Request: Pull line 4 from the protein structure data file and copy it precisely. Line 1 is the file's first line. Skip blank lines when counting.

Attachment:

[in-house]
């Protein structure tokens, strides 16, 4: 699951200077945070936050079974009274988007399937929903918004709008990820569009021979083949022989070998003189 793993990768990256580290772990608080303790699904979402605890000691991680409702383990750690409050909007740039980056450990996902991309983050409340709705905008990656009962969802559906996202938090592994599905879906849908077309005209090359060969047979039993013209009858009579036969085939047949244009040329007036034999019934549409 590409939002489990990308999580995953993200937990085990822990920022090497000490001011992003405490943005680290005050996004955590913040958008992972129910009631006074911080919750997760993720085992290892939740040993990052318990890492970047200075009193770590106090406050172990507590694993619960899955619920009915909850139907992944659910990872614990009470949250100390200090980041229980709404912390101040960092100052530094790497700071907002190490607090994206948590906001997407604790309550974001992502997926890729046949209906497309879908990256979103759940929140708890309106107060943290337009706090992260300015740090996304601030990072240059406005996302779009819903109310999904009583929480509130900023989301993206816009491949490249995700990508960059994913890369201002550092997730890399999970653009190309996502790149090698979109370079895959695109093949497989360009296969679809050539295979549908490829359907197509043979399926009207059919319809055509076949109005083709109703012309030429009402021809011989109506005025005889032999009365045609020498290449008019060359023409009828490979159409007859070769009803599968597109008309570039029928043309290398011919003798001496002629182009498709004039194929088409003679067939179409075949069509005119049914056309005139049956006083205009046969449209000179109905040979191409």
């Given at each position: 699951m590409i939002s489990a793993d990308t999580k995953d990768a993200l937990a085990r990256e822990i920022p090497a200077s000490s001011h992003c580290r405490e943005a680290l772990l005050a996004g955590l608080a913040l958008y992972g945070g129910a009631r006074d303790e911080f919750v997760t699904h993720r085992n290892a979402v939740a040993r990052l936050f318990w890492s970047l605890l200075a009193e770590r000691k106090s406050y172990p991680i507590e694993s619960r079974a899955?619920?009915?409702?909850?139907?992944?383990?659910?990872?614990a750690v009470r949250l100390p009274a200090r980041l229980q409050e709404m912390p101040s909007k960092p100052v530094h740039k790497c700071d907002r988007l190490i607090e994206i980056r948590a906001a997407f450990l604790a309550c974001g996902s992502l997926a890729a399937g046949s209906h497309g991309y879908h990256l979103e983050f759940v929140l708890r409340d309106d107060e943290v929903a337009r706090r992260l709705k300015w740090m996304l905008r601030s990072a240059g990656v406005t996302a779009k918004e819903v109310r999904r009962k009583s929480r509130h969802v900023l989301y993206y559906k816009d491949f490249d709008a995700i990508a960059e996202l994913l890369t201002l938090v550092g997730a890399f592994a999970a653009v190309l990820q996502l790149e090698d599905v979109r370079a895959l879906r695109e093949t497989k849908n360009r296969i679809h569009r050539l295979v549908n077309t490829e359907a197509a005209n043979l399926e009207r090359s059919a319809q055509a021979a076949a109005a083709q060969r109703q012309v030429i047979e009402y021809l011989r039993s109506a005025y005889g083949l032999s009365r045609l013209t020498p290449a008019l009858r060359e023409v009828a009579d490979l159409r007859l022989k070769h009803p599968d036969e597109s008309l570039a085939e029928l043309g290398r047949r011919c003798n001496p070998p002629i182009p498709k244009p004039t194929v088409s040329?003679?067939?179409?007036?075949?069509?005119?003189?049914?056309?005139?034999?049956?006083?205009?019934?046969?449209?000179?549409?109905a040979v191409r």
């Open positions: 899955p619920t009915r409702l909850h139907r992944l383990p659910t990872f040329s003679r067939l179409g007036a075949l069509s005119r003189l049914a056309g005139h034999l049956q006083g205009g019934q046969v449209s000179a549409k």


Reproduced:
């Open positions: 899955p619920t009915r409702l909850h139907r992944l383990p659910t990872f040329s003679r067939l179409g007036a075949l069509s005119r003189l049914a056309g005139h034999l049956q006083g205009g019934q046969v449209s000179a549409k």